The European Union does have in place the Common Security and Defence Policy, but, despite its title, it does not define a common defense vision. Together with the Common Foreign and Security Policy, it outlines the foreign and security policy of the European Union. The latter policy provides a diplomatic umbrella to advance and preserve European values, while the former has a more targeted mission of managing crises and extending aid to regions of interest. The overarching idea enabling the European Union to focus on these broader issues has historically been that NATO was responsible for the territorial security of Europe and dissuasion of foreign threats, while individual countries would handle their regions of interest, as France has done in the Sahel. The Russian invasion of Ukraine has forced the European Union to accept that it needs to take the reins of its territorial security rather than passively rely on NATO as its security guarantor.
The third reason behind European defense fragmentation is the United States. Since the beginning of the 20th century, but especially since World War II, Europe has grown more dependent on the United States for its security guarantees. This has given the United States considerable influence on the direction of European defense. The American government has used its influence to deter the European Union from developing defense ambitions for fear that strengthening its defensive position would devalue the power of NATO. This, in turn, would negatively affect U.S. strategic ambitions and create competition for the U.S. defense industry. Paradoxically, however, the United States has also continued to pressure European allies to increase their defense spending and contribute to the transatlantic alliance on an equal basis as the United States.
With the fall of the Soviet Union, Western European countries drastically reduced their focus and spending on defense. In 1998, U.S. Secretary of State Madeleine Albright appeared before the NATO Council in Brussels and said that any efforts to develop European defense should not duplicate existing efforts or discriminate against non-E.U. members. In other words, European defense should not compete with the defense capabilities provided by the United States. Though her speech also included support for the development of the E.U. defense industry, U.S. officials’ repetition of her warning in the years since has resulted in a de facto policy of deference to the United States.
While Washington has since welcomed E.U. defense initiatives, such as the Permanent Structured Cooperation program, the expansion of the European defense industry fundamentally collides with U.S. defense industrial interests in Europe. American politicians whose voters rely on defense production jobs staunchly defend these interests. Thus, the message received across the Atlantic is muddled. On the one hand, the White House and Department of Defense are supportive of new European defense initiatives, but, on the other, U.S. defense industry partners and other representatives of the government appear reluctant and even hostile towards these same initiatives. As a result, the European Union is hesitant to bring forth projects without the full support of its most important ally.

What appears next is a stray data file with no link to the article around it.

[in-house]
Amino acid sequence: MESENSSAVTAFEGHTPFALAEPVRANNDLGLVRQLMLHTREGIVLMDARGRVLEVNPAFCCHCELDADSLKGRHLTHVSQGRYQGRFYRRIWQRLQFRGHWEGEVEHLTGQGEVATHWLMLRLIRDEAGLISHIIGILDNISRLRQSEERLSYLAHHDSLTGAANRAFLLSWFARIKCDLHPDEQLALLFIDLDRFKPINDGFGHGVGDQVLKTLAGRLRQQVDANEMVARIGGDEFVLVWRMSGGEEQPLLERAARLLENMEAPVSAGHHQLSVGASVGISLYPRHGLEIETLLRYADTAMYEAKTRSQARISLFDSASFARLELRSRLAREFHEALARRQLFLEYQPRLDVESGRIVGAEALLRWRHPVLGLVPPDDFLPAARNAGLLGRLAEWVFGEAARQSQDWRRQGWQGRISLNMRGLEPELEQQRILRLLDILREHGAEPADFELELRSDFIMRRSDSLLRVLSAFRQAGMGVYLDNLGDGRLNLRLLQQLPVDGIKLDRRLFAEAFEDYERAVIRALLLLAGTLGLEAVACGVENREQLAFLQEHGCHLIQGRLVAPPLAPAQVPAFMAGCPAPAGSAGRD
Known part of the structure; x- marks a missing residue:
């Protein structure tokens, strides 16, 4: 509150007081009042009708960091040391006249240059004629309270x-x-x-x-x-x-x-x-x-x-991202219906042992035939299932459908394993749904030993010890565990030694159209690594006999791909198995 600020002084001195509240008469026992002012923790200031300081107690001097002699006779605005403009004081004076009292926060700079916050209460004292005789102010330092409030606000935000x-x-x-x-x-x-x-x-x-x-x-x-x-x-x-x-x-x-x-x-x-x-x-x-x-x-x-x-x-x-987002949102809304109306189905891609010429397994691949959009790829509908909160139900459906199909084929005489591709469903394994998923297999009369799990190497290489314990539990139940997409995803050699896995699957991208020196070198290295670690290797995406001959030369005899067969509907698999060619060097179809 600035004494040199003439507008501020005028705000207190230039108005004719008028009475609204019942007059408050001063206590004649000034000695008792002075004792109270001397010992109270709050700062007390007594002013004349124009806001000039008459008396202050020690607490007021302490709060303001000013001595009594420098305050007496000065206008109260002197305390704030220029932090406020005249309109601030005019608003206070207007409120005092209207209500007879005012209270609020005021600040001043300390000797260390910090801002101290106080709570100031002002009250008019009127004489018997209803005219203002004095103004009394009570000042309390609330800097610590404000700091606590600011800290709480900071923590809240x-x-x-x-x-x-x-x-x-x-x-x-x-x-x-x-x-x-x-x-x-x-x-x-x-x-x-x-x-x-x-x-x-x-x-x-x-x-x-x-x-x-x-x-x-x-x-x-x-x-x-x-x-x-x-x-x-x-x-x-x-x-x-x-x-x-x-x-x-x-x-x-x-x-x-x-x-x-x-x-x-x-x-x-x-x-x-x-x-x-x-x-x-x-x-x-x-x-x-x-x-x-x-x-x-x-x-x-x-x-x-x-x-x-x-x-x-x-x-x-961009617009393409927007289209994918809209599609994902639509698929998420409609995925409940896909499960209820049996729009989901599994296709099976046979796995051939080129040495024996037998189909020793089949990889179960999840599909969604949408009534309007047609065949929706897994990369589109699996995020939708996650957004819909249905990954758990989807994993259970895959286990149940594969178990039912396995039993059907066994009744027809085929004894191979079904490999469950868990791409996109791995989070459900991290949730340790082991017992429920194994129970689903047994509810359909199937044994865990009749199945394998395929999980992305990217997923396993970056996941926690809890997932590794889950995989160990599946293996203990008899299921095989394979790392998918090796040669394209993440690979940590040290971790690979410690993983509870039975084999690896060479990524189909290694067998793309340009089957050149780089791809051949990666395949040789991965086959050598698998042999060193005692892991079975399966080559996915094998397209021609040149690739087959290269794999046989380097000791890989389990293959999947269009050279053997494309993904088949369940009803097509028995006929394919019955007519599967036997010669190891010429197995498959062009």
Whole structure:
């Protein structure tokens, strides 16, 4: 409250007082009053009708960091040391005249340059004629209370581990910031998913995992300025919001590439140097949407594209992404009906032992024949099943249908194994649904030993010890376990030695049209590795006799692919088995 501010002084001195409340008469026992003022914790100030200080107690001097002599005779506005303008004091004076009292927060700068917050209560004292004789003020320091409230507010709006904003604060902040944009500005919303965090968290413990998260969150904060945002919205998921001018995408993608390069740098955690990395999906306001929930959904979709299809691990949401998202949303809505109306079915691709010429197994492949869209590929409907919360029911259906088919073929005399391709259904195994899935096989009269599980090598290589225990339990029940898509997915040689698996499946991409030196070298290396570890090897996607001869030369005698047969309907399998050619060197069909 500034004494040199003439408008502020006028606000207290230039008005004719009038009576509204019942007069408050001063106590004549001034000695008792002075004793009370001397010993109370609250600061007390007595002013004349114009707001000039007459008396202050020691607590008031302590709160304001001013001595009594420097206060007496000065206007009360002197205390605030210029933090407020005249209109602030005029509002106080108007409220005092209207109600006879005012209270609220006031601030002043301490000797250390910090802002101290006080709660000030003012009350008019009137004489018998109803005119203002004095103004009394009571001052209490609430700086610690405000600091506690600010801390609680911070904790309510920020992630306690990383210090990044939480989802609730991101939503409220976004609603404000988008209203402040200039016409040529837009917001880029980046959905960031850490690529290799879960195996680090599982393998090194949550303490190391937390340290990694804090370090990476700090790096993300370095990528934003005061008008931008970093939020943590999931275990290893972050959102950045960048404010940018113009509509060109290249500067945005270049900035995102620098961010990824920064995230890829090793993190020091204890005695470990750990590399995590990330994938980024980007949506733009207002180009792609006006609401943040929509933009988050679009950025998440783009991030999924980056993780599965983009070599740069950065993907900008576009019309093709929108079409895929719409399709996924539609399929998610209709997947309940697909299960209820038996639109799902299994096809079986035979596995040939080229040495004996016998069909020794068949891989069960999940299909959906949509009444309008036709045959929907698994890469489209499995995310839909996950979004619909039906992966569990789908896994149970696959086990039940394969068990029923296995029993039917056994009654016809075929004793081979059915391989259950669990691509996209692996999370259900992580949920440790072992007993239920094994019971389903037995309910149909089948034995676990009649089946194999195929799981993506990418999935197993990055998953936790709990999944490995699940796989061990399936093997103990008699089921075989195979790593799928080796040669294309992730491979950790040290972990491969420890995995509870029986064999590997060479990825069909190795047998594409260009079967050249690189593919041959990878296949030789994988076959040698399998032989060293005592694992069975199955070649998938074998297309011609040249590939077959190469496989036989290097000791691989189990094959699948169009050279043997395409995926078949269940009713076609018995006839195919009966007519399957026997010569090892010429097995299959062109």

The War in Ukraine Highlights Deficiencies
The full-scale Russian invasion of Ukraine has highlighted significant additional flaws in the current defense system, including the rapid depletion of stock, an over-reliance on imports for critical raw materials and semiconductors, and a delay in promised defense budget increases.
European donations of equipment and ammunition to Ukraine have created duplicate issues for the continent. On the one hand, a renewed conventional conflict has reminded NATO countries of the supplies that such a fight requires, especially given that these countries have fought, at most, only asymmetric conflicts with significant superiority since the end of the Cold War. On the other hand, the European defense industry has been operating in peacetime for most of its existence and is currently unable to increase production sufficiently to replenish depleting stock. France, for example, sent 18 Caesar howitzers to Kyiv over the summer, a quarter of its total stock, which will take at least 18 months to replace. Annual U.S. production of 155mm artillery shells is estimated to last less than two weeks of combat in Ukraine, while Europe’s slightly higher levels of annual production would last just over three weeks. The United States has decided to dramatically ramp up its artillery production efforts, while the European Union is considering doing the same. Further, in an effort to begin restoring the national stocks donated to Ukraine, several European states have agreed to jointly procure a million rounds of ammunition, mainly 155mm shells, over an initial two-year period with the possibility of expanding the program. However, at present, the conflict has left European countries with vastly depleted stock.